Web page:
The weather forecast for that Saturday (27th of may 2017) was sunshine so we decided to take a short trip to an island in the Oslo fjord. We discovered that the local boat line B21 departs from Aker Brygge every weekend at 10 am so we packed our bathing suits and sandwiches and took of. Unfortunately, we weren’t the only ones with the bright idea.
One of the Norway’s largest and most prominent venues for performance of dramatic arts is the National Theatre in Oslo (Nationaltheatret)
At the top of Karl Johans gate is the royal residence, a home to HM King Harald V and HM Queen Sonja.
Karl Johans gate is the main street of the city of Oslo, Norway.
The building of Akershus Castle and Fortress (Akershus festning) was commenced in 1299 under king Haakon V and was built in order to protect city from enemy attacks. The vicinity of the sea was of great importance because naval majority of Norwegian commerce in that period was by sea. The fortress was strategically important for the capital, and therefore, Norway as well. Whoever controlled Akershus fortress ruled Norway.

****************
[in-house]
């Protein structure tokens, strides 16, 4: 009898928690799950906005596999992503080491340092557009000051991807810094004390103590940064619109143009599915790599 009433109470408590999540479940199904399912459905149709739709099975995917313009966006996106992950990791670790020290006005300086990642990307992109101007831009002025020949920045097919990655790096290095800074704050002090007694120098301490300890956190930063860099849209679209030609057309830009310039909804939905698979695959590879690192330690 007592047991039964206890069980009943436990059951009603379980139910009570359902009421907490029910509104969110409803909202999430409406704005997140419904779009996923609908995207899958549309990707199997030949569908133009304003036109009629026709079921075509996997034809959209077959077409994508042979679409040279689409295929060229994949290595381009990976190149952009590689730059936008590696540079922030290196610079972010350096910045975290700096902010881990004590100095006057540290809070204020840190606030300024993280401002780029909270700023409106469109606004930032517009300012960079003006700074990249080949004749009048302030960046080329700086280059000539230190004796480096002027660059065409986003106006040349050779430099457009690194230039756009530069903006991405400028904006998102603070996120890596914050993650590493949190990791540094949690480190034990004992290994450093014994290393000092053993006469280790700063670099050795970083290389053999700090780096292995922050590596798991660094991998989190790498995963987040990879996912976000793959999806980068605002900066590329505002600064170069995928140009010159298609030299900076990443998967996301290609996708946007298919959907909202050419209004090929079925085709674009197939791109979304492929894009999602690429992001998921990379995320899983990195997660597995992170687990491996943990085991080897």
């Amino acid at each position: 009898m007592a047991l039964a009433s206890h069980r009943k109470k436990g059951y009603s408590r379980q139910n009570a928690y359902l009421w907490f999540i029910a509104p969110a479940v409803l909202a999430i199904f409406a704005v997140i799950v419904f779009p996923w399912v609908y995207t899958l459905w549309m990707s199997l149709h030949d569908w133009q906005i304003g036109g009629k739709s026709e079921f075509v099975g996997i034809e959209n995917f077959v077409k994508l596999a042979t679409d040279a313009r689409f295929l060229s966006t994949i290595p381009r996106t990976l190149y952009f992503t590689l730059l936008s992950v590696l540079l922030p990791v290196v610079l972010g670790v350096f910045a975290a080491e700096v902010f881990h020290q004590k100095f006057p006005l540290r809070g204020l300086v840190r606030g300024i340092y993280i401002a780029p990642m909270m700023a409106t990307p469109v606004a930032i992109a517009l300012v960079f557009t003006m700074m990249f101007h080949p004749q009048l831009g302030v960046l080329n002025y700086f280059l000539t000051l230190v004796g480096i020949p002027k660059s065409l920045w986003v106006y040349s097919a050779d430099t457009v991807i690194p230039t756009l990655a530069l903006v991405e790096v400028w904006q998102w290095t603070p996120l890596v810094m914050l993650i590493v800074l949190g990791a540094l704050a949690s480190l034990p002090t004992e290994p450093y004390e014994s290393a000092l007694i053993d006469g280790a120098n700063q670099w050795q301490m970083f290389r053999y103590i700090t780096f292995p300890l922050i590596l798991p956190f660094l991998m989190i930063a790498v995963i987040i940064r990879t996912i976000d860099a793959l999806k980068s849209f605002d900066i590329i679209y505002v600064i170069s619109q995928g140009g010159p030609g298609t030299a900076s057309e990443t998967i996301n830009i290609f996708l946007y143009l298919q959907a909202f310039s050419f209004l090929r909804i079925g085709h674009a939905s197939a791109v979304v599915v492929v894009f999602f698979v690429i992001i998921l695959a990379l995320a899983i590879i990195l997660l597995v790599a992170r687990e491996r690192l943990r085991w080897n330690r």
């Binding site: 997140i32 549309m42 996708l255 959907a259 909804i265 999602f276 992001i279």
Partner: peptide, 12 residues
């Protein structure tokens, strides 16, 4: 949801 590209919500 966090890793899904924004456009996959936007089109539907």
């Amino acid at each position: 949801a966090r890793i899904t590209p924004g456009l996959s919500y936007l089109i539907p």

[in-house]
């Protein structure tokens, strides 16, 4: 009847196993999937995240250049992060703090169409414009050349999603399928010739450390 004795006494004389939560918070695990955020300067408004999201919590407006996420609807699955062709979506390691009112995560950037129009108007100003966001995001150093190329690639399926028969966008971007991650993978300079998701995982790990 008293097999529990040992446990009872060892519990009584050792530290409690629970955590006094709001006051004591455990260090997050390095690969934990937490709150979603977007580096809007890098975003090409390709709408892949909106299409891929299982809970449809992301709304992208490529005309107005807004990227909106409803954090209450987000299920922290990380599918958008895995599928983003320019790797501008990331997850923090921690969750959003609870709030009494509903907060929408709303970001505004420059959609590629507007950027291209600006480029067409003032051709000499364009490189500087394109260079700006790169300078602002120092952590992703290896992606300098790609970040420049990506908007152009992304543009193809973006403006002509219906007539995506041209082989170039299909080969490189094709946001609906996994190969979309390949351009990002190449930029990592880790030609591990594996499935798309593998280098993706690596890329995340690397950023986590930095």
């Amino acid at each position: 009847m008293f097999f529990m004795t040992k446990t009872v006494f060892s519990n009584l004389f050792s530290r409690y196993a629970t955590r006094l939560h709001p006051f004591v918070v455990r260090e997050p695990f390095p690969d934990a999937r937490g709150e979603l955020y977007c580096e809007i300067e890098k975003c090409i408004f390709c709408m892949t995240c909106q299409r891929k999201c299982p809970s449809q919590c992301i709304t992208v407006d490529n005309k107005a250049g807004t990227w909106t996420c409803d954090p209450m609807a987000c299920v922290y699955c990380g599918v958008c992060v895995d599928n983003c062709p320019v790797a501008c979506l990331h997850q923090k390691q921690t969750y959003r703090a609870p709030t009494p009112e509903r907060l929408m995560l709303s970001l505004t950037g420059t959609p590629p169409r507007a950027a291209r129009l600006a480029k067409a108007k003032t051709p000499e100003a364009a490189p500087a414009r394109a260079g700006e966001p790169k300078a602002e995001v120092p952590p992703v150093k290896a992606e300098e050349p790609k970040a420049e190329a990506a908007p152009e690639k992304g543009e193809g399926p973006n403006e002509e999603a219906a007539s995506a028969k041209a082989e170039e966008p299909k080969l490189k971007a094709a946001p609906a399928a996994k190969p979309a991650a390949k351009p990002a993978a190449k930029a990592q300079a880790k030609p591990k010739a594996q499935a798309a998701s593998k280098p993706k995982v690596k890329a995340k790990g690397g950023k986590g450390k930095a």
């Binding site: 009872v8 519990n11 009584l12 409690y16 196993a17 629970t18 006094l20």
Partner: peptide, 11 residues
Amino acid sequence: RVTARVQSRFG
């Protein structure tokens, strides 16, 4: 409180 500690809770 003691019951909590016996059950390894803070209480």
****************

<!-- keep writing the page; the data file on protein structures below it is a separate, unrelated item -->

Two rivers that runs from north to the south of the city of Oslo are called Akerselva and Alna river (Alnaelva).
Just a couple of hundred meters from new residential block at Sørenga, at the slopes of Ekeberg hill you can find traces of medieval Oslo (Gamlebyen). In a small park called Middelalderparken lies the ruins of St Mary’s Church. The park was built in 2000 and the small lake surrounding the territory represents the Oslofjord as it was once had been.
The history of the city dates way back to year 1000AD when the medieval town of Oslo was located below the Ekeberg hills, on the east side of the Bjørvika bay in the area today called Gamlebyen (Old Town).